The hottest time of the year has officially arrived. If thinking about surviving another few months sweating through your bed sheets all night long and dreaming about Antartica every second you're awake sounds miserable, try some of these tricks to cool down your house instead.
It may seem counterintuitive, but keeping windows open on hot days will often make , not cooler. Come nighttime, if the air outside is cooler than inside, you can open your windows up — just be sure to close them before the sun hits your house in the morning.
That indoor herb garden might be doing wonders for the temperature in your home. You see, putting plants in front of sunny windows helps that will otherwise heat up your home.
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Make sure your ceiling , which will create a breeze that blows down on you. Pro tip: Since ceiling fans are designed to cool people, not spaces, save energy (and money!) by turning it off when you leave the room.
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When placed directly in front of you, these fans will work wonders. Use a spray bottle to spritz yourself while in front of it and your internal temperature will dramatically change, since as the water evaporates off your skin, your body sheds heat.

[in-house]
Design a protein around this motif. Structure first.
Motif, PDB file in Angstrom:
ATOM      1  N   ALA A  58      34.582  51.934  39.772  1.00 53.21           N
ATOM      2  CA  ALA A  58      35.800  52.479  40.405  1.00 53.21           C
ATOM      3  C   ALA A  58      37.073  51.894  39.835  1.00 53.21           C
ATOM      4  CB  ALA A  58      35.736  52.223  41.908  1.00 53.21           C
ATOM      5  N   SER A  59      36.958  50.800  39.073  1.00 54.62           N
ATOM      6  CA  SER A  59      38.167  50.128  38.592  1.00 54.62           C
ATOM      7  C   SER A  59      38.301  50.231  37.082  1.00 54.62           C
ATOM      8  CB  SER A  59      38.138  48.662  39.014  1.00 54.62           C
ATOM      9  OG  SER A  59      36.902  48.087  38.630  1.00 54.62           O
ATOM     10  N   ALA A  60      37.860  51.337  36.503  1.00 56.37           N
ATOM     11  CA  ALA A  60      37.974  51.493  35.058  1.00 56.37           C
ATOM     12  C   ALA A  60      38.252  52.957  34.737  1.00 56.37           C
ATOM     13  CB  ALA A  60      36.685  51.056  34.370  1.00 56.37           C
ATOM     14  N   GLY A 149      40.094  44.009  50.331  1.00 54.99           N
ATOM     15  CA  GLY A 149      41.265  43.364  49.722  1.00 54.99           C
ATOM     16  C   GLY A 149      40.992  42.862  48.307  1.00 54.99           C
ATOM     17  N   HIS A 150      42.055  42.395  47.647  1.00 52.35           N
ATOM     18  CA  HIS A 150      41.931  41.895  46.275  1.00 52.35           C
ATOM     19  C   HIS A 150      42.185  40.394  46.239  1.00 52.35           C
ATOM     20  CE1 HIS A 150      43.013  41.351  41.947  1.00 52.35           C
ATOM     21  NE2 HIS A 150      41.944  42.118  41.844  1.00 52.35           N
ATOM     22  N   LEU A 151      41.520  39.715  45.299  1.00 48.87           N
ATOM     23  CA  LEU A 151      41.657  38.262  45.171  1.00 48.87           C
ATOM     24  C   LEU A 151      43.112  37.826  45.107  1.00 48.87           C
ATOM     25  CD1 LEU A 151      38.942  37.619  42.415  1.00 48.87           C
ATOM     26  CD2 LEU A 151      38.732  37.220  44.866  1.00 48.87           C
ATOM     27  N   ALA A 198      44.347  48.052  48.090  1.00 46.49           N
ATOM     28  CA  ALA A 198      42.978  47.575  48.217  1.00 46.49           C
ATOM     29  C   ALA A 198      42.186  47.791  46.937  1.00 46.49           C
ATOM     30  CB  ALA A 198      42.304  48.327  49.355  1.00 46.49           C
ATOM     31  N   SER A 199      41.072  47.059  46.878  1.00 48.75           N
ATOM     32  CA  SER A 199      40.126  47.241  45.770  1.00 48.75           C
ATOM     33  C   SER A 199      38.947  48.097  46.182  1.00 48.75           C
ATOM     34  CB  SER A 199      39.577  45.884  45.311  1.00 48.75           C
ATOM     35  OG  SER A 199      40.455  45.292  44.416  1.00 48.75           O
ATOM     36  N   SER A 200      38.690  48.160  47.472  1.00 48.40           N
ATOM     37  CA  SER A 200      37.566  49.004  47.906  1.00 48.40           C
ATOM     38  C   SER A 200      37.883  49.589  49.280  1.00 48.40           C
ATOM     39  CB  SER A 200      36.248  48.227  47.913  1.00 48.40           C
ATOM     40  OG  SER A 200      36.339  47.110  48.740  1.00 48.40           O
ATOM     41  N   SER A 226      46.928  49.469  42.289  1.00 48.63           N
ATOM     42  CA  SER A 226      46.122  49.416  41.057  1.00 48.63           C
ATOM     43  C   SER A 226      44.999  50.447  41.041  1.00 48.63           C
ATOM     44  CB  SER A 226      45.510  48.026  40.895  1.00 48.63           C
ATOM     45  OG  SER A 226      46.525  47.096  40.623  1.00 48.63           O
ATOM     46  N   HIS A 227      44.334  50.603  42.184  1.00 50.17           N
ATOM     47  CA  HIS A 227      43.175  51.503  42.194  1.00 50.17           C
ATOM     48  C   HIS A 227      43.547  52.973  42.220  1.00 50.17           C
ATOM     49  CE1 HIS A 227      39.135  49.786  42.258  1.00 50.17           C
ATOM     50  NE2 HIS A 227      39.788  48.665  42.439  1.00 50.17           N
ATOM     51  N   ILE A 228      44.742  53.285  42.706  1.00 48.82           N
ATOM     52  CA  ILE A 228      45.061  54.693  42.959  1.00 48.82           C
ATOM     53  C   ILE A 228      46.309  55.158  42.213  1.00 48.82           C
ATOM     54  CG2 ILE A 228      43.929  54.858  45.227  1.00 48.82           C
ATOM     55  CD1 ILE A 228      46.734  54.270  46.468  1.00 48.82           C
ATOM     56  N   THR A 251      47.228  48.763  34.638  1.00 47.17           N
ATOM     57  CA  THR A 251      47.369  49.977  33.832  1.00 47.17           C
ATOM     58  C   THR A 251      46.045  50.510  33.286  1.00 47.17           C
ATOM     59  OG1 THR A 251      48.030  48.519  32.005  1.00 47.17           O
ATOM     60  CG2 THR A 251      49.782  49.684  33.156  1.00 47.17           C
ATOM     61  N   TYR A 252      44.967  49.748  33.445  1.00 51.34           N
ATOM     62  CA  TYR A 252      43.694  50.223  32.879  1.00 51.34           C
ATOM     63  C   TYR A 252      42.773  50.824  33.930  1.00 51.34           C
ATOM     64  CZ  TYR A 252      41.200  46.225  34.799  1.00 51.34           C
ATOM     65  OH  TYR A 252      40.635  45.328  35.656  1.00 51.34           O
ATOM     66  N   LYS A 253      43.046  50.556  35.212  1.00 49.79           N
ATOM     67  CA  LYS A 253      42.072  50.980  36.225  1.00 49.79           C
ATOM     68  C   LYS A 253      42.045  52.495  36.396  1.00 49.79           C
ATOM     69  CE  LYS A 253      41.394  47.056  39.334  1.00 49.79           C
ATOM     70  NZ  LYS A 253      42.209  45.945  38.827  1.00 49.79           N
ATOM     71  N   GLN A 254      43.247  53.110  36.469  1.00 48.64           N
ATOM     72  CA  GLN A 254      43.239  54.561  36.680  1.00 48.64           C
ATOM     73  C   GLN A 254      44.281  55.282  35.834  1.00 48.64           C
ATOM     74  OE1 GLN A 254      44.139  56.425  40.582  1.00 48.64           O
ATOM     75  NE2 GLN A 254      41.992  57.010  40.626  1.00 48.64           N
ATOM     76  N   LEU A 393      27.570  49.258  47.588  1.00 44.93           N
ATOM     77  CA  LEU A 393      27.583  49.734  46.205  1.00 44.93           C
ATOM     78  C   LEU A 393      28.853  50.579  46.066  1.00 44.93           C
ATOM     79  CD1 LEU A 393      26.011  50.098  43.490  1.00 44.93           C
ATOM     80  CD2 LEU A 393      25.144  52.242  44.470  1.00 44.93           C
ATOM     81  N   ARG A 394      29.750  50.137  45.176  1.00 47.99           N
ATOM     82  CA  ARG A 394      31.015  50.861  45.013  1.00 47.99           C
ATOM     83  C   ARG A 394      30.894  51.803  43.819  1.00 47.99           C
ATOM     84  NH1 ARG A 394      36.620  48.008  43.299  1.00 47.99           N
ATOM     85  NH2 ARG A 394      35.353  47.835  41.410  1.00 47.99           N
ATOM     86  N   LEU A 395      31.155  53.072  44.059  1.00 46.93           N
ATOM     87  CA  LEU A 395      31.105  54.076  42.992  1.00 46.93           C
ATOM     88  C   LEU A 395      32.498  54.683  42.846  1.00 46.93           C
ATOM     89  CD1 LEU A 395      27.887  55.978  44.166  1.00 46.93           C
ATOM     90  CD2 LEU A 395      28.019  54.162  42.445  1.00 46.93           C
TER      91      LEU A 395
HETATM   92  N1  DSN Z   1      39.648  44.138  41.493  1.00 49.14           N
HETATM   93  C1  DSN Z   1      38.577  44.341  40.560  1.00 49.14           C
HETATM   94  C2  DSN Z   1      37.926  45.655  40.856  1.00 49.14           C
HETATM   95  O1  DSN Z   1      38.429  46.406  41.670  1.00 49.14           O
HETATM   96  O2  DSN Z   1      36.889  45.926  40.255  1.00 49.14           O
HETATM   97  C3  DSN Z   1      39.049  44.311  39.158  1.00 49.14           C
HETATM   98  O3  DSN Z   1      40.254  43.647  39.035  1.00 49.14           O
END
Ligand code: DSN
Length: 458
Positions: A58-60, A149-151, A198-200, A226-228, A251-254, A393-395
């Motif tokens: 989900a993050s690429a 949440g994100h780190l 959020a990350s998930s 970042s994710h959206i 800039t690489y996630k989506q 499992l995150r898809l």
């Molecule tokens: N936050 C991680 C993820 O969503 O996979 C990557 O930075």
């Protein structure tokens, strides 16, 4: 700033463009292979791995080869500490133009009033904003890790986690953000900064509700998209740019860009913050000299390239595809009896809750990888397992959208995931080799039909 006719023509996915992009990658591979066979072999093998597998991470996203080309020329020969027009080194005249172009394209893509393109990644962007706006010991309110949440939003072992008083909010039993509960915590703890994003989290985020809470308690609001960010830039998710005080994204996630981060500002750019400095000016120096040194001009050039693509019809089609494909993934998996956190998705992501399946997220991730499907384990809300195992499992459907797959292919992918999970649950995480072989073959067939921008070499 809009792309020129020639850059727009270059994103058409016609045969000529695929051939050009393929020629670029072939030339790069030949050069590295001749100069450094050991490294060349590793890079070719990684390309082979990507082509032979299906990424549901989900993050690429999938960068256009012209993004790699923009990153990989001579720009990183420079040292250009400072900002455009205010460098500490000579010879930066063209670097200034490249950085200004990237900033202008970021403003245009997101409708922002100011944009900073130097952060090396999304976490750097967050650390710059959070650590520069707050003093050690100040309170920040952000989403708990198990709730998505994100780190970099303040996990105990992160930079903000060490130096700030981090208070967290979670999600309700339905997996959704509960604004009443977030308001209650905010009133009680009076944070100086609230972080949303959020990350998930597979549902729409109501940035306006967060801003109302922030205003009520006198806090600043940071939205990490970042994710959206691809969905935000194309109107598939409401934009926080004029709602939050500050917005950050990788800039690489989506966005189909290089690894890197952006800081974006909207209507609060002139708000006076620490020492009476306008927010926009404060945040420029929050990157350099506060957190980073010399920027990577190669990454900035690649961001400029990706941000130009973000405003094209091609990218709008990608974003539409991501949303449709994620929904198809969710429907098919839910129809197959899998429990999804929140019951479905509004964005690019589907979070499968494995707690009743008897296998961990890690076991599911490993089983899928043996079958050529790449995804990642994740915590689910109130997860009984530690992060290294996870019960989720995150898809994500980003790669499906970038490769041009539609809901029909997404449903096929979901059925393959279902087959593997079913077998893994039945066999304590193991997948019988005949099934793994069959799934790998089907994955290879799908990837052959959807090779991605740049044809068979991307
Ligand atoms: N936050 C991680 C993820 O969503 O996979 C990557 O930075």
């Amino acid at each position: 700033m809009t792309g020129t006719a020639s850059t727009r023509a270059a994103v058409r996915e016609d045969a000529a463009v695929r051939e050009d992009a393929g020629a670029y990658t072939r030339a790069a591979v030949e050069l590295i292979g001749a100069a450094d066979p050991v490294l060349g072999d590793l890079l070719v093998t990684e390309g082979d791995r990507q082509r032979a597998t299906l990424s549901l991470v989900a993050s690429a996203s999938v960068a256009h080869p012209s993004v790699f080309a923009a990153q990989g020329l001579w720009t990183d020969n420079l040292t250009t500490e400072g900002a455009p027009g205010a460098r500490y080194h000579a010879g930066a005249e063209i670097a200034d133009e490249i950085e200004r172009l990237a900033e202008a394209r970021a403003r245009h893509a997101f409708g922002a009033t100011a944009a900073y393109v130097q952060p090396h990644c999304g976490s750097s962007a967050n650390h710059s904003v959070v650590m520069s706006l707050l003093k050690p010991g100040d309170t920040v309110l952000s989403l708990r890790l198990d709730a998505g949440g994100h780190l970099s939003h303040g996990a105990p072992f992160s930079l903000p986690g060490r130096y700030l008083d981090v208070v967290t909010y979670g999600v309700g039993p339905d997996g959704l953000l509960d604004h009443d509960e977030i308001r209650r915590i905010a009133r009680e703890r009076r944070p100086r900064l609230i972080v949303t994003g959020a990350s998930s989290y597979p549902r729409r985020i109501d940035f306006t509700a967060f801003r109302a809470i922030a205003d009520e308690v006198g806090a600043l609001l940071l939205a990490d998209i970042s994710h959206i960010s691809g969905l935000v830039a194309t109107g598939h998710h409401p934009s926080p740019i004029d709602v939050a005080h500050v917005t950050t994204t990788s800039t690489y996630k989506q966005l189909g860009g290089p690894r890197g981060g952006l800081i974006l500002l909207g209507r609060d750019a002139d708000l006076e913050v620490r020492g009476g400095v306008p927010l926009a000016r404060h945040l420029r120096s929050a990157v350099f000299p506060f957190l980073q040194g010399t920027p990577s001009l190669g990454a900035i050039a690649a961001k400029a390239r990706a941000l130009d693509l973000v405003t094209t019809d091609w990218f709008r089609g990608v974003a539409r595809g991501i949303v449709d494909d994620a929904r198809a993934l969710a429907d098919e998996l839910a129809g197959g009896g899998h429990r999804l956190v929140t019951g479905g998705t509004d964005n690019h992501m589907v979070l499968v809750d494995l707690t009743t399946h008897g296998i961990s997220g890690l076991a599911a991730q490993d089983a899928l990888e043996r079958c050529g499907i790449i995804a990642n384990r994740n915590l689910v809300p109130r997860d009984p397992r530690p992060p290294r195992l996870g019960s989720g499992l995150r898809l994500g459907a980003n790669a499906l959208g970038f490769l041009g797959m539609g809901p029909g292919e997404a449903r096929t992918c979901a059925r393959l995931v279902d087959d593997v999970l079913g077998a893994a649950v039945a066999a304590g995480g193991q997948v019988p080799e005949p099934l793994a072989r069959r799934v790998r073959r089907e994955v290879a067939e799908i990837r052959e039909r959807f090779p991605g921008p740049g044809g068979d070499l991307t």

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Similarly, you can fake the experience of air conditioning by putting a glass or bowl of in front of the fan, then situating yourself right in front of the breeze.
If there's a cool breeze, particularly at night, set one fan facing in on the side of your home receiving the wind, and another facing out on the opposite end of the house. This will of a natural breeze.
If possible, put room units on the of your house, because air conditioners operating in the shade use up to 10% less electricity than one in the sun. This will help your unit work harder for you and save you money on your electric bill too.
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The good news: Modern lightning, like compact fluorescents and LEDs, are more efficient. But incandescent light bulbs can as they do light. On hot days, keep lights off as often as possible to keep temperatures down.
Since your AC can sense heat from appliances, this can cause it to run longer than necessary. To avoid this, keep like lamps, TVs or computers, at least a few feet away from your AC thermostat.
While attic fans may not significantly cool your home, insulation can through the ceiling. It's especially important to seal ducts property if you have central air.
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The coils on the front and back of your unit throughout the season, so use a moist cloth or paper towel to wipe with the grain of coils before putting your unit in storage. This will help your appliance function at its fullest potential come next summer.
Even though this is more of a than a quick and easy one, planting trees to shade your windows not only keeps your home cooler, but could also save you as much as 25% of the energy your home typically uses.
Just like trees, can save you money on energy bills by cutting down on the heat your house absorbs. Plus, when it's hot and steamy inside your house, you can escape underneath this shaded space in your backyard where there's a breeze.
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